Monday, February 24, 2014

I'd Like to Make Myself Believe

It seems that it took roughly six weeks for the soul-numbing shock to wear off, and the tears to start. I'm not much of a crier. I never have been. I barely cried the first month. And now I can't stop. This upsets Walter terribly and he avoids me a lot. It freaks him out that he can be talking about something seemingly innocent and innocuous, and I can't respond without my voice breaking.

Over and over again my mind plays through the few days that lead to her death. I was so sick myself, and felt so sorry for myself that I had to take care of her when I could barely stand up myself. I wonder if I missed something, if I'd sucked it up and done what I needed to, if I'd taken her back to the doctor, gotten more fluids in her, if if if. The thoughts chase themselves around my head morning and night, but they don't bring her back. Nothing is going to bring her back. I go to her room and look at her shelves full of dolls and trinkets and treasures and try to truly comprehend that she'll never play with them again. That the dolls she got for Christmas were barely touched. That I'll never see her sweet face again, or hear her voice. I know that having her here forever wouldn't have been long enough, but 16 years just wasn't enough.

Nearly every minute of my life for the last 17 years was spent caring for her. Now every minute is spent thinking of her and missing her.

In other news, Walt and I have been blessed to find a place to move to that will be more affordable for us now. The sad reality is that with Cassie's death, we also lost her social security benefits, which constituted about a third of our income. In some regards this will be balanced by the out of pocket expenses for her that I won't be paying now, but until I find a secure job, lower rent is a priority.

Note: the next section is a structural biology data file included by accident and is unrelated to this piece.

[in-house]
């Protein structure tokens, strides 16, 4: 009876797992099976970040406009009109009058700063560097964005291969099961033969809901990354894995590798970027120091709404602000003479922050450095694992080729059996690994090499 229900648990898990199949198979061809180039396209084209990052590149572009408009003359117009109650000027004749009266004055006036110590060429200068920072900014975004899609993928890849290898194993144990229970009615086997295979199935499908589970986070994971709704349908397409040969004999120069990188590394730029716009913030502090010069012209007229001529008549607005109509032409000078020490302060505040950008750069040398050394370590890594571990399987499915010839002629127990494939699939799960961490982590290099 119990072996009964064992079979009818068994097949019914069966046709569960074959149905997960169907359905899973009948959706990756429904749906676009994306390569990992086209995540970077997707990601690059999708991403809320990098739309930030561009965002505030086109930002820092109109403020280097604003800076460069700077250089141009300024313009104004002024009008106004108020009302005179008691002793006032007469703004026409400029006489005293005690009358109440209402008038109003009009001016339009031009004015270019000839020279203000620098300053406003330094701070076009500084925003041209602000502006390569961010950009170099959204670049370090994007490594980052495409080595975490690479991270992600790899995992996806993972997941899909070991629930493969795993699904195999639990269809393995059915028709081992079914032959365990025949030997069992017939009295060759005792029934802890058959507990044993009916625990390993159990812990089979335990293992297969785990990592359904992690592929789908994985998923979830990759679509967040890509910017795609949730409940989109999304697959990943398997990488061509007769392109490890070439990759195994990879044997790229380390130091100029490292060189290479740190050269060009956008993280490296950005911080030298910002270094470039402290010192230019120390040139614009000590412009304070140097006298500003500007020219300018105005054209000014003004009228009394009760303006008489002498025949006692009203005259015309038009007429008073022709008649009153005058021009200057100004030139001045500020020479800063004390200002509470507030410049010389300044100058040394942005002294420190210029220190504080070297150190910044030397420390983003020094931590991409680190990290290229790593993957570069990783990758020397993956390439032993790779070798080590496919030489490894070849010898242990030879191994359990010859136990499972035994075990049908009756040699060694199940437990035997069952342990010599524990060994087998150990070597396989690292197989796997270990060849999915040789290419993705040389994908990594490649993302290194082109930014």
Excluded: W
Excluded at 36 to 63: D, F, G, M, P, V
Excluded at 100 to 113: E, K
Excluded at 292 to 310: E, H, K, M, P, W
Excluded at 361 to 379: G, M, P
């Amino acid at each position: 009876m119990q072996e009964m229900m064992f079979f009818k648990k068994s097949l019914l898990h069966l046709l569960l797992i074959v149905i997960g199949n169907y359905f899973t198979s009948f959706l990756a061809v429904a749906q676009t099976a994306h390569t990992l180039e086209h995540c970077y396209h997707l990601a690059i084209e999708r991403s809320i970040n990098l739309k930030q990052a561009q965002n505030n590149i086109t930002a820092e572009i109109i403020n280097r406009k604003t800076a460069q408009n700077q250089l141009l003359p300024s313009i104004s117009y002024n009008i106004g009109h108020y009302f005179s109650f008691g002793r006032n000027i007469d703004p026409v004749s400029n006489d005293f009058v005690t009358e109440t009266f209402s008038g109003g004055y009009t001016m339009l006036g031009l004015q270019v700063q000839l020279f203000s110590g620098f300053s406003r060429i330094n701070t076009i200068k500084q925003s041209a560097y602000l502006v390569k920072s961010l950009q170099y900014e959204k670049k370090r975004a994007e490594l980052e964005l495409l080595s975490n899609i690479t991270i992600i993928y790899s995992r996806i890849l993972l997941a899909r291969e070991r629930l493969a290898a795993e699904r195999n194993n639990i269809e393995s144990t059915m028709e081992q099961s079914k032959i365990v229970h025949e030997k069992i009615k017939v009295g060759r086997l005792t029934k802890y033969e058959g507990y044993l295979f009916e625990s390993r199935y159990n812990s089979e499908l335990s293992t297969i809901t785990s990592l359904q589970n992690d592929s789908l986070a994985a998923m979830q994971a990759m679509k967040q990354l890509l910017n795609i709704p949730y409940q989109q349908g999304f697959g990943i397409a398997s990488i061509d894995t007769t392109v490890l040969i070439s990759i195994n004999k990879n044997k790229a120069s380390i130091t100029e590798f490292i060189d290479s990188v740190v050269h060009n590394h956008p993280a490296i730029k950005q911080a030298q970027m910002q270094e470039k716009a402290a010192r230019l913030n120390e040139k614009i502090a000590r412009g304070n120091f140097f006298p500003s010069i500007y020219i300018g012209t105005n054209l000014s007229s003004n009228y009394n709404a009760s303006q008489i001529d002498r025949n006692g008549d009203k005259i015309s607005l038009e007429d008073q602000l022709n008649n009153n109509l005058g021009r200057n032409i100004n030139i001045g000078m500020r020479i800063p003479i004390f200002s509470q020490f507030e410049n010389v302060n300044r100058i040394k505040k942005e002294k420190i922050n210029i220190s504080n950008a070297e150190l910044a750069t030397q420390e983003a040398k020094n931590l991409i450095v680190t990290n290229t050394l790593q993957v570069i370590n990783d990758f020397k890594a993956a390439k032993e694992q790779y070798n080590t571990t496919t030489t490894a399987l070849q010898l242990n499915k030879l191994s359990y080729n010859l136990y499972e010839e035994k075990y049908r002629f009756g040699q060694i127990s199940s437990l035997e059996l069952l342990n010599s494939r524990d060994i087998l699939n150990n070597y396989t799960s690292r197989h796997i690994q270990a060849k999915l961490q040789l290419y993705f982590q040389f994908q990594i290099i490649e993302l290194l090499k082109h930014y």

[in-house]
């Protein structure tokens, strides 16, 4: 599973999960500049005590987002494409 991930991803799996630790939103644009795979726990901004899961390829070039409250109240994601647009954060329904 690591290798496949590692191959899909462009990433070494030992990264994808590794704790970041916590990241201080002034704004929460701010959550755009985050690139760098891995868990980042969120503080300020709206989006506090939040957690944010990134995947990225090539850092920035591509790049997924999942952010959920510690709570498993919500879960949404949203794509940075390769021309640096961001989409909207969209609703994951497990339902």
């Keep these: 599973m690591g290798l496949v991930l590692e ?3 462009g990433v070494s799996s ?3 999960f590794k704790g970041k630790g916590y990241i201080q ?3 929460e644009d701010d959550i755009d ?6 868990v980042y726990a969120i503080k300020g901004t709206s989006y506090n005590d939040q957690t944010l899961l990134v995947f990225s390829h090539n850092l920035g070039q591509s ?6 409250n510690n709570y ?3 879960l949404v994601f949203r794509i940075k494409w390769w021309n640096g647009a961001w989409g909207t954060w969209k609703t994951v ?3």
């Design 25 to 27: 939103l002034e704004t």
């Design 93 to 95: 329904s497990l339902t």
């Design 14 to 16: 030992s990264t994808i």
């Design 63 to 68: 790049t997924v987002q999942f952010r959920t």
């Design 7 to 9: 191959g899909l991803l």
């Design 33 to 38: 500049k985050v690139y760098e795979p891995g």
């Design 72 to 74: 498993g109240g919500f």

Finding this place is very good. The timing, needing to move in on April 1st, is hard. I can't say right now if I would ever feel ready, but I can say that the thought of moving is traumatic. Packing up Cassie's room, not being able to go in there every day and sit on her bed, see her bathrobe still hanging on the closet door and her purse on the doorknob. Like she will be home any minute. Of course many of her things will be displayed throughout anywhere I call home, always, but the idea of living in a space where I have no memories of her is hard. We loved this house. It's been good to us. We have a lot of wonderful memories here of sleepovers and parties and holidays. I know those memories will always be a part of me, but right now I want to burrow in and stay in place, but life has other plans for me and the Boy Wonder.

Friday, February 21, 2014

Ain't No Sunshine When She's Gone

About a week and a half before Cassie died, her friend Dakota asked me, out of the blue, "Mr. Logan, what are you going to do one day when Cassie dies? How are you going to handle it?"

I answered her honestly and replied "It's such a sad, scary, huge thought that my brain can't process it. When I try to imagine life without her one day my mind just goes blank."

And that's where I am. I am blank, and empty, and simultaneously brimming over with a leaden anxiety that sits on my chest like a blanket of bees, waiting to sting if I dare to take a deep breath. Which will get me first, the lack of oxygen or the bees? I don't know. I know that I never could have imagined how much I miss her. Nothing can prepare you for how it feels to lose something, or someone, until they are really gone.